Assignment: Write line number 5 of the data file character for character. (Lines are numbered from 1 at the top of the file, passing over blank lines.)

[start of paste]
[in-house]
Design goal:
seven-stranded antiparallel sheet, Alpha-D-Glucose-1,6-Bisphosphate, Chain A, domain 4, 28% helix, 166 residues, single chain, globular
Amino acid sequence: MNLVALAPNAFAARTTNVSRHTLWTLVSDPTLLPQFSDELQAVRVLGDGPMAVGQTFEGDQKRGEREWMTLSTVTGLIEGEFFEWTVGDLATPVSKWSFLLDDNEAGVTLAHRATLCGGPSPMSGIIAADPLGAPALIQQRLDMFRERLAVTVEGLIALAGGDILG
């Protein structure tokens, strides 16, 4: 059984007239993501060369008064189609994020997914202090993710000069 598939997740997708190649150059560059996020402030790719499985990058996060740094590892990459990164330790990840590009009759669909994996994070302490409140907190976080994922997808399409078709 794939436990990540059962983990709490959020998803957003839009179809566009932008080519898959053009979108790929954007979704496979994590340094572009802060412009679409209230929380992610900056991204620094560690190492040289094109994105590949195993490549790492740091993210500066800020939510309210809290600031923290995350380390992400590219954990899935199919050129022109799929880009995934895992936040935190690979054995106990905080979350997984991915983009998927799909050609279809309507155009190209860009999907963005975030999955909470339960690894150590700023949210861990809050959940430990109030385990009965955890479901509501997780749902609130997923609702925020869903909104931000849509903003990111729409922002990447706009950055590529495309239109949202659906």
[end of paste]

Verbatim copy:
């Protein structure tokens, strides 16, 4: 059984007239993501060369008064189609994020997914202090993710000069 598939997740997708190649150059560059996020402030790719499985990058996060740094590892990459990164330790990840590009009759669909994996994070302490409140907190976080994922997808399409078709 794939436990990540059962983990709490959020998803957003839009179809566009932008080519898959053009979108790929954007979704496979994590340094572009802060412009679409209230929380992610900056991204620094560690190492040289094109994105590949195993490549790492740091993210500066800020939510309210809290600031923290995350380390992400590219954990899935199919050129022109799929880009995934895992936040935190690979054995106990905080979350997984991915983009998927799909050609279809309507155009190209860009999907963005975030999955909470339960690894150590700023949210861990809050959940430990109030385990009965955890479901509501997780749902609130997923609702925020869903909104931000849509903003990111729409922002990447706009950055590529495309239109949202659906």